The only difference is that extremists actually kill and persecute members of the Ahmedi community, and the rest of the people make sure that members of this community are socially excluded in every possible manner
I rub my eyes and read again. And again, then sniff my morning tea, thinking the Pathan has mixed something not so kosher in it. Read again. Yes, apparently it is what it is. A roundtable was held at the ministry of planning, development and reforms this week, presided over by the honourable minister himself. If the ‘traitor’ media report is to believed, the ministry, at least for that one meeting, really became the centre of development and reforms. I am not sure about the planning part just yet.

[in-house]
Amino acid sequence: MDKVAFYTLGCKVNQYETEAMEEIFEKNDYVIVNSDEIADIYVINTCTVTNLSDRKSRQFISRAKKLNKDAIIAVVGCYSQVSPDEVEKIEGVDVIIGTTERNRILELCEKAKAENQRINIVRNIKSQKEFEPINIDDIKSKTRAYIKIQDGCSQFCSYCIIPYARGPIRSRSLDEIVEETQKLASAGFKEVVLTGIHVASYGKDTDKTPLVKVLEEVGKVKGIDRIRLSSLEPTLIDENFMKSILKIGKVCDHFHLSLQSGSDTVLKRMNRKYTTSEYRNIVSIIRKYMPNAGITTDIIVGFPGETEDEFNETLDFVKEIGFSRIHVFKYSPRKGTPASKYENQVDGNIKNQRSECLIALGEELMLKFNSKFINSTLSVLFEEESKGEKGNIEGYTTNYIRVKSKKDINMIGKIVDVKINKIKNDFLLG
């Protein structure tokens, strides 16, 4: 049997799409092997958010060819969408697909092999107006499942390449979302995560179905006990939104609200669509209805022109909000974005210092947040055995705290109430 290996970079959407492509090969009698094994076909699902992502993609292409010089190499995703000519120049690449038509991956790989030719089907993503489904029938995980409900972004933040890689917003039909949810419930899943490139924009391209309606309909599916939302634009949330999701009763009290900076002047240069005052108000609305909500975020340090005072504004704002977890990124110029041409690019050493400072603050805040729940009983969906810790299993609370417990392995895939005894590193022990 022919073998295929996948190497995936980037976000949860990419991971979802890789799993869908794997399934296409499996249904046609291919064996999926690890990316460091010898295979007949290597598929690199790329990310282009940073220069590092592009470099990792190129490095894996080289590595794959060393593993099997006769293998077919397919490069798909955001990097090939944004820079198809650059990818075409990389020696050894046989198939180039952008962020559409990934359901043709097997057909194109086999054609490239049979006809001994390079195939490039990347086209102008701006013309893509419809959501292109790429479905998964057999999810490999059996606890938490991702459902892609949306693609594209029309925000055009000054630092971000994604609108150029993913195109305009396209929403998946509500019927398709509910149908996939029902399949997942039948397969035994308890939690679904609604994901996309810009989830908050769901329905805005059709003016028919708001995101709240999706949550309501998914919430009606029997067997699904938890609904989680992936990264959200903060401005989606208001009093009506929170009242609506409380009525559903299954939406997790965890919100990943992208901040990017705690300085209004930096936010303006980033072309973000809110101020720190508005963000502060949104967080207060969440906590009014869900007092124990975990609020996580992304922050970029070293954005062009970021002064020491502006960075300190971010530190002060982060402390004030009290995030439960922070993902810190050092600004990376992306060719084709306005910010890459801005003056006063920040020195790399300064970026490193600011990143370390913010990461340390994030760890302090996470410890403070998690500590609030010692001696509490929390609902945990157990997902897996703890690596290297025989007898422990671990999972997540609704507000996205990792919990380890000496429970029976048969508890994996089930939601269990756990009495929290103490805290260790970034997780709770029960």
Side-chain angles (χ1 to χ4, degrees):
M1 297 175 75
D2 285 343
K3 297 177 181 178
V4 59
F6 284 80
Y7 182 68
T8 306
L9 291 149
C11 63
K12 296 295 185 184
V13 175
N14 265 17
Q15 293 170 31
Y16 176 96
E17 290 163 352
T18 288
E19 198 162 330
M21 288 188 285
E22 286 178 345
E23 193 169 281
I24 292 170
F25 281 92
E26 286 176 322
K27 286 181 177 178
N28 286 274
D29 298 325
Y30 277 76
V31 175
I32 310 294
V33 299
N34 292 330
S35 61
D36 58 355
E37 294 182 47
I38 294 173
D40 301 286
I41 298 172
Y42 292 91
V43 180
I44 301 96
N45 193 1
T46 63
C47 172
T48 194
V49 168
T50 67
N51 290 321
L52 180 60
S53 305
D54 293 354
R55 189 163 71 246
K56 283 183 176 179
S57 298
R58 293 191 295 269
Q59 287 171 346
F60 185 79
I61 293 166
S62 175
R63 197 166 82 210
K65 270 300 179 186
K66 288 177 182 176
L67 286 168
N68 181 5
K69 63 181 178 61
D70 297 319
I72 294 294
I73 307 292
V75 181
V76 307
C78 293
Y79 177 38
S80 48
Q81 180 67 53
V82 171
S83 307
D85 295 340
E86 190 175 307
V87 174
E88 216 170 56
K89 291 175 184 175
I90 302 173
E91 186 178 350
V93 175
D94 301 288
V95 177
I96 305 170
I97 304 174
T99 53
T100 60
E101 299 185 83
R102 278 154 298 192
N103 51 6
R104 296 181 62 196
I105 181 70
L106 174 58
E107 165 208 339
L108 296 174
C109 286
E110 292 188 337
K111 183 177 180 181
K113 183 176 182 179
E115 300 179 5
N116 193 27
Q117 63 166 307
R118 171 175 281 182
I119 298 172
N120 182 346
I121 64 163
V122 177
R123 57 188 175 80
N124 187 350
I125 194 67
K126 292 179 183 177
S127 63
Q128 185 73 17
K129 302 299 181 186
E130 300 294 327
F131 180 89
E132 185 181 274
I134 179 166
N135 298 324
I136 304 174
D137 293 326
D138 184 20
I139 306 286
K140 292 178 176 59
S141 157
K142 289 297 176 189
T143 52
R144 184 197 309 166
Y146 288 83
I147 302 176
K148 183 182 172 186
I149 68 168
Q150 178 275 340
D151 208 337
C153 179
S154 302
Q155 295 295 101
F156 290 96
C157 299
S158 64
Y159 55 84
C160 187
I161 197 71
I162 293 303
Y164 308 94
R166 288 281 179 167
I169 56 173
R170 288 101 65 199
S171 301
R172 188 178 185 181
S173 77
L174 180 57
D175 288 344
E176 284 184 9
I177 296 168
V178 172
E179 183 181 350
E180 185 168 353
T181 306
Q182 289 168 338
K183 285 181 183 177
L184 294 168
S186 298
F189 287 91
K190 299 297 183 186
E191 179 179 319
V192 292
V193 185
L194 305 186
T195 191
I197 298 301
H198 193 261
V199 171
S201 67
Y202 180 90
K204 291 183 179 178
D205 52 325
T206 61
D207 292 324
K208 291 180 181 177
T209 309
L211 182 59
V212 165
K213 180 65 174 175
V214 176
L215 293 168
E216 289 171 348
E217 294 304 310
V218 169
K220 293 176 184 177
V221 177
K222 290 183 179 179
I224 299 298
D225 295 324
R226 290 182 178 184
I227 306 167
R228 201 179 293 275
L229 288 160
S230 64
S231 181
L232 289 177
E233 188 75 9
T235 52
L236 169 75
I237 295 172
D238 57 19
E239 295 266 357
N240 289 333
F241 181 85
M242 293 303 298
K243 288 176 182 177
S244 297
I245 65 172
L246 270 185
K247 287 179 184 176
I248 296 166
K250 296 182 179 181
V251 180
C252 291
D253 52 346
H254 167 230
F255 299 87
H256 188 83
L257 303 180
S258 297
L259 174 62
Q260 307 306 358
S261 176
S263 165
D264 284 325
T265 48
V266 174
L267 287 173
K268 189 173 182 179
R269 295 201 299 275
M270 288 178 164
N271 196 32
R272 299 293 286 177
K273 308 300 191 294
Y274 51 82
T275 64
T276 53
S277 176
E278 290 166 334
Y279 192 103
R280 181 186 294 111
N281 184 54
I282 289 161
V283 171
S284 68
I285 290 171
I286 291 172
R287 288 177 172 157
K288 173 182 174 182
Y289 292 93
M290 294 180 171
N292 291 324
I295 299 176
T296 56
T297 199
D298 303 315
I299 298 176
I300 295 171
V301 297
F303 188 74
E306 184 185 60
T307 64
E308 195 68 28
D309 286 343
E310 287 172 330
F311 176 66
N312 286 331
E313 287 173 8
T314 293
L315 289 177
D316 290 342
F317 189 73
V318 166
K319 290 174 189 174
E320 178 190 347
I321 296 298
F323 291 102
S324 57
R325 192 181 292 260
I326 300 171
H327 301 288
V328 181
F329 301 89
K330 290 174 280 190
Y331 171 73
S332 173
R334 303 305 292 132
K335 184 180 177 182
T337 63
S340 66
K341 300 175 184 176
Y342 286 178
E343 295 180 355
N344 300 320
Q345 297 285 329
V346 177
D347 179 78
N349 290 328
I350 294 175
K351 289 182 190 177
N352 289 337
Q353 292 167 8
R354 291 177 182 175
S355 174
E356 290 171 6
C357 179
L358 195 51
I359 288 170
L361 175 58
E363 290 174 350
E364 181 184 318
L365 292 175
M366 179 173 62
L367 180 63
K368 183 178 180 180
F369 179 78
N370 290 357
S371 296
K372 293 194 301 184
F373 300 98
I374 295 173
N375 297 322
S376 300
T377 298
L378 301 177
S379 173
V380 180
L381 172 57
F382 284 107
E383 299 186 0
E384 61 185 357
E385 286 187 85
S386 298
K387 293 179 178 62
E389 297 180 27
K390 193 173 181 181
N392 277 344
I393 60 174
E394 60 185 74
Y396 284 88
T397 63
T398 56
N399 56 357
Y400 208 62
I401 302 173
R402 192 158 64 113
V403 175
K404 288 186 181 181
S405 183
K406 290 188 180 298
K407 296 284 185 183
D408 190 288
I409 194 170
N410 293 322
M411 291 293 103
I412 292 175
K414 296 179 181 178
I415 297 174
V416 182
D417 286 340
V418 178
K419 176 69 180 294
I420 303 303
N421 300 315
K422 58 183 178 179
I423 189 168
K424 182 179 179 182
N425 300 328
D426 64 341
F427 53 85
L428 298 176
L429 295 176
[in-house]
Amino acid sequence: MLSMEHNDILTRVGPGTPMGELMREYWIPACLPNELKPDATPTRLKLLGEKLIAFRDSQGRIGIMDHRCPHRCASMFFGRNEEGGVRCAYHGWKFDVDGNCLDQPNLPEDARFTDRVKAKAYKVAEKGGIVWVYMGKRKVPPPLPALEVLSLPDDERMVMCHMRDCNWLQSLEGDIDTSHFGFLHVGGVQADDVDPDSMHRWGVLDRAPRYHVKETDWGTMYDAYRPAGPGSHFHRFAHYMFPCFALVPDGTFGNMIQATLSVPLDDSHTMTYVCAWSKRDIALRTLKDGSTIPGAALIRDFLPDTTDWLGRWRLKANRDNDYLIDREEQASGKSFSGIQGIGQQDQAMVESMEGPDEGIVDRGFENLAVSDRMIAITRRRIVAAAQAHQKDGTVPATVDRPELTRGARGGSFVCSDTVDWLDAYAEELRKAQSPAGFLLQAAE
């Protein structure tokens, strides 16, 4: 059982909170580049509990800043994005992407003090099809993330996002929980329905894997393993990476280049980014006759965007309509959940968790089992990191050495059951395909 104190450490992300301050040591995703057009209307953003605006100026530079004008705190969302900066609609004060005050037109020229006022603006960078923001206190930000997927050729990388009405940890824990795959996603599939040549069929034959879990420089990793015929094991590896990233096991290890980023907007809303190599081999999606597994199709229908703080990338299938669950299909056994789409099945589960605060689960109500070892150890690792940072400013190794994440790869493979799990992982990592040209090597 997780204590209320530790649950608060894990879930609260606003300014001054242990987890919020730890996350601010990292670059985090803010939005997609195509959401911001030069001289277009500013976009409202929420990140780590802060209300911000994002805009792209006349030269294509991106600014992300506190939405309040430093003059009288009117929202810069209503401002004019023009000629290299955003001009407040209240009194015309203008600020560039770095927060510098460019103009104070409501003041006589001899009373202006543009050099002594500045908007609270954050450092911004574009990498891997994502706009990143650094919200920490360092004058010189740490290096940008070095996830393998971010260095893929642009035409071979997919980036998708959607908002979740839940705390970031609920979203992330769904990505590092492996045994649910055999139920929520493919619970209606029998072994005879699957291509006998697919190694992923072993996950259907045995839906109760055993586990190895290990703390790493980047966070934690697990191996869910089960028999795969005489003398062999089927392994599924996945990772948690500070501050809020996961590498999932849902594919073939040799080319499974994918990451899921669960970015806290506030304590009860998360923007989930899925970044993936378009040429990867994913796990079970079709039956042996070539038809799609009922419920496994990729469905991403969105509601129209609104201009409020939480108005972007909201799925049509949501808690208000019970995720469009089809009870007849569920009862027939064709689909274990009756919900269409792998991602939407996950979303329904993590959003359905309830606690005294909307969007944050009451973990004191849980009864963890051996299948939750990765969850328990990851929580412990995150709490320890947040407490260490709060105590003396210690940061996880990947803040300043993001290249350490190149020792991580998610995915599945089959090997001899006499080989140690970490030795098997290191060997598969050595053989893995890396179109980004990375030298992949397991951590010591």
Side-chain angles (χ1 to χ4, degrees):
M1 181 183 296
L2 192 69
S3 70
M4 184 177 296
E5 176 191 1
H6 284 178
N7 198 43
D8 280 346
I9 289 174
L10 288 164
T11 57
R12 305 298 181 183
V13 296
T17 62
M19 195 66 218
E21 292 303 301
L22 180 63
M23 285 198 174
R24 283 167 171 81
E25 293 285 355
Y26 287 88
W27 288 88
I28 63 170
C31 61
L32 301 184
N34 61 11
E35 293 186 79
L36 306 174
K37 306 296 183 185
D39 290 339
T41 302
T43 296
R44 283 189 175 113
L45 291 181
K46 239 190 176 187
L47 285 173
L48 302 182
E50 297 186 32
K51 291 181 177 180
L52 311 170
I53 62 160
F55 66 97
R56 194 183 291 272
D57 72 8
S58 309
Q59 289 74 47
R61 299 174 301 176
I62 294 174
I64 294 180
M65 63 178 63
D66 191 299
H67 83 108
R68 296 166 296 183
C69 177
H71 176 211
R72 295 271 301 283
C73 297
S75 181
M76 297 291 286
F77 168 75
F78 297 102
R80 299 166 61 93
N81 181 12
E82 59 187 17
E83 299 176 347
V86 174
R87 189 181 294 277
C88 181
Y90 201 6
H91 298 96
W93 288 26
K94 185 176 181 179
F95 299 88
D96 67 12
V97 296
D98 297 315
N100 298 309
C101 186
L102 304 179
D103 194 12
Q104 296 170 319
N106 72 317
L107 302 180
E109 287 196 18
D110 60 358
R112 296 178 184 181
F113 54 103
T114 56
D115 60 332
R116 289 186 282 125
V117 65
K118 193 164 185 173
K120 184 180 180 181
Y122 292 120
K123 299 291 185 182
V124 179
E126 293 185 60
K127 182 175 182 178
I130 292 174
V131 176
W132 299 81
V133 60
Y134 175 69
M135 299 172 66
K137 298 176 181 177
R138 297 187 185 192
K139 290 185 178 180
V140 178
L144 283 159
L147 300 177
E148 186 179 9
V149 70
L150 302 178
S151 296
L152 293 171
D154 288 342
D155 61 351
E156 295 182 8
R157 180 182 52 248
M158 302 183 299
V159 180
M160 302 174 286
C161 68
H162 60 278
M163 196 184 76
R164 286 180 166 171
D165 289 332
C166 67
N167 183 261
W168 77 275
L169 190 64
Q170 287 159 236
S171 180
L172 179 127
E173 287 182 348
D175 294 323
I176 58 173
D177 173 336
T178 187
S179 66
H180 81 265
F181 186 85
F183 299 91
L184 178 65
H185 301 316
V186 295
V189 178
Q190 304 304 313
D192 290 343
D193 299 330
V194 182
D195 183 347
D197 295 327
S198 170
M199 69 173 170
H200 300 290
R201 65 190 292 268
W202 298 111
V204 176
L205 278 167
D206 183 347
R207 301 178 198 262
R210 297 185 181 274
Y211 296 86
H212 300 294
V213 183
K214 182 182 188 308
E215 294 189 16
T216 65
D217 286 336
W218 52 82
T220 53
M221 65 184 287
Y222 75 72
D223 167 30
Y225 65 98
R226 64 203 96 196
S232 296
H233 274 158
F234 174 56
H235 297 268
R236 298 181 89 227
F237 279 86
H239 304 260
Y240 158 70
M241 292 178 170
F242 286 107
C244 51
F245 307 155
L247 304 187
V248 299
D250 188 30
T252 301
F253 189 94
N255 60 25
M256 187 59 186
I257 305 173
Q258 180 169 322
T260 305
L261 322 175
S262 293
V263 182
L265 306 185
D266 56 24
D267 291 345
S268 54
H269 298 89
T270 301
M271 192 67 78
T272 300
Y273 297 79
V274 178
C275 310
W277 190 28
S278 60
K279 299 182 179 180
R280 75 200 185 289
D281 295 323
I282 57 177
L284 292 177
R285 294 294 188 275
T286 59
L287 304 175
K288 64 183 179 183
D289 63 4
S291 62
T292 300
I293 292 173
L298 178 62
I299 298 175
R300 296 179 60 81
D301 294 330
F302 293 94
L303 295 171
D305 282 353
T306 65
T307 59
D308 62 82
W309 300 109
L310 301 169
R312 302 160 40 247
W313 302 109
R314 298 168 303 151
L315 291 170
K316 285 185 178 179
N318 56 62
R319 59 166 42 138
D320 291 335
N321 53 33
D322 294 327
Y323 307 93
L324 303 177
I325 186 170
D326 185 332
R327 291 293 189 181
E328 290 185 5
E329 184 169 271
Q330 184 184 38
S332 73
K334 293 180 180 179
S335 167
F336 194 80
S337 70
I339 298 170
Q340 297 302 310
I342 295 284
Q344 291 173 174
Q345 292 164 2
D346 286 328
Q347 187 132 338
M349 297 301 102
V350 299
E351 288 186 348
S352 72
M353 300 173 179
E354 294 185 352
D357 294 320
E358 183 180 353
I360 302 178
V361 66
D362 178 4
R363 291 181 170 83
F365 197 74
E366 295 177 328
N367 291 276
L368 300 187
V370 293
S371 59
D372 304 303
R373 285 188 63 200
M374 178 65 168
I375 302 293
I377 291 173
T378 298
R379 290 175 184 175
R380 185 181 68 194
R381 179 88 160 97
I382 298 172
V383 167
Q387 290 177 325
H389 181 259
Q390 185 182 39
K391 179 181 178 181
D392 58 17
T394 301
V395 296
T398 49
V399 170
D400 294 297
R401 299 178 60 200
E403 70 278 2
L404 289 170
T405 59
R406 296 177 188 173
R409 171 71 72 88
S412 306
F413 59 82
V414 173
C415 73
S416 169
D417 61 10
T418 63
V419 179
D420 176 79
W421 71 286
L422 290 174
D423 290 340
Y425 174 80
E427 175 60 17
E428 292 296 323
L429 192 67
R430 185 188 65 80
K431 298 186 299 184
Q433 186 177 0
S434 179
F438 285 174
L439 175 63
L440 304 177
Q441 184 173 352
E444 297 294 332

So, what happened, you ask. A meeting to discuss inter-faith harmony was organised. ‘Yawn’ — that would be your first reaction but do not skip my rambling just yet. There were the usual suspects but what is baffling to me, a Zia generation product, is the presence of an Ahmedi member there. Not only that, but also one representative “highlighted the plight of the Ahmedi community” in Pakistan. In all my years of reading newspapers and reporting on sarkari (government) meetings, this is the first time that I have read that Ahmedis were considered, not only discussed, at the official ministerial level, and that too with sympathy. The Pakistani Ahmedi community — whatever is left of it — is either ignored or lamented for its lack of faith. At the governmental level, I have never experienced a discussion that focuses on their difficulties as a community and, moreover, their institutionalised persecution in the state of Pakistan. Even at the societal level, there seems to be so much ingrained hatred for them that it is difficult to digest. Just this week, I had lunch with a gentleman who remarked that he does not like his wife’s new tailor because he is an Ahmedi. If the food were not as good as it was, I would have walked away.